Q. Then you believe it is legitimate to use violence to end democracy and establish a dictatorship?
PL. Yes. In short, by saving life. Because of the population explosion; these kinds of figures are impossible, there should be five billion people less and then there would be some hope of continuation. But in any case good concepts are discipline, forbiddance, force and oppression. Without them it is not possible to think about the human being, for long I mean, that life would continue on Earth.
Q. So in a way, the human being is always harmful then?
PL. It is of course, the evolution’s basic misfortune is that this kind of species has evolved, one that destroys its own foundation, it is completely new, there have been these world-wide extinction-waves, but they have been caused by meteorites and such, but is this now the sixth I believe very rapid extinction-wave, which is due to one of evolution’s species. It is just that within this species there are so many individuals, there is some dispersion, there are some who do not destroy, just like these cultures that stay within boundaries, and in all communities, for example in Finland there are a few of those grannies living in a cabin who have a small potato field and once every two weeks they walk or cycle to a village to buy a package of coffee. It is of course imported and should not be bought but this is still extremely minor what these kinds of people consume. They have a tiny cabin that is a hundred or two hundred years old, sometimes the roof is a bit repaired, but they do not consume much more natural resources than a bird couple. That nevertheless these people do exist as a small minority, that in that sense it is just as wrong that the world will be destroyed and they will be destroyed simultaneously, it is just as wrong that nature, animals, fungi and plants are destroyed because of human, a small part of the people are innocent or will die innocently.
Q. Why is immigration so harmful in your opinion?
PL. One should not come here where the individual burdens and consumes more. If a Finn moves from here to a clay cabin in Africa to a lower standard of living, that could well be argued, but not so that a poorer person comes to a richer country, which only means using up faster the natural resources.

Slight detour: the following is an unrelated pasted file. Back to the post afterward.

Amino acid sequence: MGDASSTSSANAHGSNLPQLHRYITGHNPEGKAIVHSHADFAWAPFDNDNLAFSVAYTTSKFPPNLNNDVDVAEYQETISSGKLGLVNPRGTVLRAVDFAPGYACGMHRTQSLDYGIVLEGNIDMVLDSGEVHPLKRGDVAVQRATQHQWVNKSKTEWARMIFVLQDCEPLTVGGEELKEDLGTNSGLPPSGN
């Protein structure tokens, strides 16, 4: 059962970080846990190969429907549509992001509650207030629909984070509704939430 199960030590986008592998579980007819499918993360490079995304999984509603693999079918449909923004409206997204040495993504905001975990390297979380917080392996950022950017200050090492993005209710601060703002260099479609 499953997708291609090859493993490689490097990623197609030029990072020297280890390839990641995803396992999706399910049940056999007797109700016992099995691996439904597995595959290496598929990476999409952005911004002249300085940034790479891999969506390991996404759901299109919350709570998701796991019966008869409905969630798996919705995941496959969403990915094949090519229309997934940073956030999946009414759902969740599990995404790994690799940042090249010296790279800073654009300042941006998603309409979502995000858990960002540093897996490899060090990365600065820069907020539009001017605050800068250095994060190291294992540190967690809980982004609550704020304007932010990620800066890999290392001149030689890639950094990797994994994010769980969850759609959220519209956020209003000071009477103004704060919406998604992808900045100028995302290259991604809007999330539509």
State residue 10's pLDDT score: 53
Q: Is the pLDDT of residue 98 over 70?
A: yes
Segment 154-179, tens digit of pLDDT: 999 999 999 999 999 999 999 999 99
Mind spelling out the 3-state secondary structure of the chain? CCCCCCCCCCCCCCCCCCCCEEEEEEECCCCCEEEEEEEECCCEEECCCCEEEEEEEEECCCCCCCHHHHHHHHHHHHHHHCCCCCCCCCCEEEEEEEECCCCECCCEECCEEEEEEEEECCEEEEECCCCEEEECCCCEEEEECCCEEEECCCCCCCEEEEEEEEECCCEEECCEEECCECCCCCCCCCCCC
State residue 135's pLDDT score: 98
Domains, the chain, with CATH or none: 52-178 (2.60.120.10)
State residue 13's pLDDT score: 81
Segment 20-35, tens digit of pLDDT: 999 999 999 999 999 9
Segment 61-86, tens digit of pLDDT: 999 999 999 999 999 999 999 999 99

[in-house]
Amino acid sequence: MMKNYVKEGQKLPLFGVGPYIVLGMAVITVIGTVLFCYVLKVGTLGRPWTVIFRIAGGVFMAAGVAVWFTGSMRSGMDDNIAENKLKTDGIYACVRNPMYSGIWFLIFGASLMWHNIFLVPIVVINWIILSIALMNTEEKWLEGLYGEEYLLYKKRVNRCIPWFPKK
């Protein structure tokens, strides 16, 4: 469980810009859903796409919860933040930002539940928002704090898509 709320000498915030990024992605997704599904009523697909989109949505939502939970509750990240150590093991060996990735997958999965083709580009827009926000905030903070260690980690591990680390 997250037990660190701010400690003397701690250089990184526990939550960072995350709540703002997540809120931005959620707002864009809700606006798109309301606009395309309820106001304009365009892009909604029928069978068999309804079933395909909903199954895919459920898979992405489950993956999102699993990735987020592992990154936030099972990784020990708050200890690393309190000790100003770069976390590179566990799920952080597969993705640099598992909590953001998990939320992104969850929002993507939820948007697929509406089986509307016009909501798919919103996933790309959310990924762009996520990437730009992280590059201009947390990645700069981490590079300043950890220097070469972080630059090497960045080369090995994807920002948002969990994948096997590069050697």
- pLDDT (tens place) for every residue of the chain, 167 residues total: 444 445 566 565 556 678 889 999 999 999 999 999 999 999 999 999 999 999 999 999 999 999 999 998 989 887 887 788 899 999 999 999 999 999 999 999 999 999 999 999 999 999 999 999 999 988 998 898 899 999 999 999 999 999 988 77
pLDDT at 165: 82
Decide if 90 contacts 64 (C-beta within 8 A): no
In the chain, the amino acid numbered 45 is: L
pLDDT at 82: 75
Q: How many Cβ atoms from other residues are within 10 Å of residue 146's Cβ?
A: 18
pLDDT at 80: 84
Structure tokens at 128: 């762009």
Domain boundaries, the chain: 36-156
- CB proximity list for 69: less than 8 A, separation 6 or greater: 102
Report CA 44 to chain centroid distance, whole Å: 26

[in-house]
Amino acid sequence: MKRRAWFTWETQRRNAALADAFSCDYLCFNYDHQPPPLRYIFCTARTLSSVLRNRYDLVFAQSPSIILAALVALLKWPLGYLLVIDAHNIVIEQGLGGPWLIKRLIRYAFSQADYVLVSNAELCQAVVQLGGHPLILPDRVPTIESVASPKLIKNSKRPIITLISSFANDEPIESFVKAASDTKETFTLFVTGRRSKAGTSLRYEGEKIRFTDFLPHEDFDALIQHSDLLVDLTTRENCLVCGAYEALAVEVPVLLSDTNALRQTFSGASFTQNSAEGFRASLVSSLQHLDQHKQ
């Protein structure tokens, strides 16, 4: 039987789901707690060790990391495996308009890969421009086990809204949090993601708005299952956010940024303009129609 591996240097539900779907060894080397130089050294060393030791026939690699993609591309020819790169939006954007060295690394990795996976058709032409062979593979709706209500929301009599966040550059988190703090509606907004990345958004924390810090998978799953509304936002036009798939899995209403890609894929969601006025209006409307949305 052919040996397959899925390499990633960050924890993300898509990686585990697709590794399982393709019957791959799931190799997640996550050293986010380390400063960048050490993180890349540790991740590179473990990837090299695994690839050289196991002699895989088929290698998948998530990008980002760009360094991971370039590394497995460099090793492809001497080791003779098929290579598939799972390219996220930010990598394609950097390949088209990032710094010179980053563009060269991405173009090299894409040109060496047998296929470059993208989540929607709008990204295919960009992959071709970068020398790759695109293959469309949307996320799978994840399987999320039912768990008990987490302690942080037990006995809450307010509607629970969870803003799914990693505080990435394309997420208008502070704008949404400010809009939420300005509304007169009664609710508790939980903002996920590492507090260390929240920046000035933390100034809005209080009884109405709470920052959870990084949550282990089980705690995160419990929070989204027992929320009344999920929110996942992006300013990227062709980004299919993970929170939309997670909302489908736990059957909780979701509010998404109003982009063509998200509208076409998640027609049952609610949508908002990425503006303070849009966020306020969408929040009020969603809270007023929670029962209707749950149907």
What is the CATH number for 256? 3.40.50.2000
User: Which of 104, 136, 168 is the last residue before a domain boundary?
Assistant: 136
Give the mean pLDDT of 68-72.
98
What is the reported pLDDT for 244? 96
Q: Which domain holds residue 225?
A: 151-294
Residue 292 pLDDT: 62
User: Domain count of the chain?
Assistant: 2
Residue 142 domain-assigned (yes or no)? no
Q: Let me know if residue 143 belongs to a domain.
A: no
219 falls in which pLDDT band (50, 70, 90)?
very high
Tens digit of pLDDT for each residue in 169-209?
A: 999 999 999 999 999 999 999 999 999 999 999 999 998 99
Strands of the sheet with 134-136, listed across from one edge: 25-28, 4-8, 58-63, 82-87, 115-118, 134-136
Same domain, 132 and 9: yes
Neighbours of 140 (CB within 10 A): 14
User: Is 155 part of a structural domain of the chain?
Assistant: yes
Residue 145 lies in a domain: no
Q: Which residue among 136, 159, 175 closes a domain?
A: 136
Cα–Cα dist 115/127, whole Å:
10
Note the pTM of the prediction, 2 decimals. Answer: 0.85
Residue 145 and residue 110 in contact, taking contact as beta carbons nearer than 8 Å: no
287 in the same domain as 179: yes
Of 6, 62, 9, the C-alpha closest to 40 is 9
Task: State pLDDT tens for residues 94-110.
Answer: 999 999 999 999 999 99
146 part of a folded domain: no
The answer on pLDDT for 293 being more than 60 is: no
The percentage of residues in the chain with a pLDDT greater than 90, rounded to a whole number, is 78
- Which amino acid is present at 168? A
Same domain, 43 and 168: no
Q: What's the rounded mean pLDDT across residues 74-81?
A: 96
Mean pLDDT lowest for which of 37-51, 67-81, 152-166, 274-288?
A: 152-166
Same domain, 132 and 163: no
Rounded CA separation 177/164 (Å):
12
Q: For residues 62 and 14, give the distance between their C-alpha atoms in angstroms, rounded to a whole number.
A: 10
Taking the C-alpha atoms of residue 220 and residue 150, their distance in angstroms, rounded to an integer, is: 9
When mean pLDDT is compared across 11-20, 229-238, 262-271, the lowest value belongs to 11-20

Q. Is there still something you would like to add or comment on?
PL. Force and oppression are needed because life as such is a value, not only human life, all nature meaning animals and plants and fungi. And what is valuable in human life, in short it is science, art, sets of values and civilisation. But their volume too should not be too large, that regardless how precious the jewels of music are, we still have too many orchestras and too many composers and too many theatres and painters, that there should not be more of even them than what the planet can take, not even culture, although the value [of the human] is only in culture. That a normal human being, this kind of person who does not differ from an animal in any way, only if it produces food and distributes food to culture-people, there is its value, but it has no more intrinsic value than a chaffinch or a squirrel or a jaybird, a human is born, he develops, has offspring which then have offspring which then have offspring and so forth and like that his life is exactly the same as a squirrel’s life, but culture is the thing that justifies, but no more than there really is space for, that not a single animal, fungus or plant species must diminish. That the monstrous human can take for the use of culture only a small part of the earth, most of the earth should naturally be untouched by humans.
Pentti Linkola on lake Vanajavesi from where he earns his living.
IMAGES ‘Photos taken by F. Martínez & L. Vanamo in Sääksmäki (Fi) in March 2011’.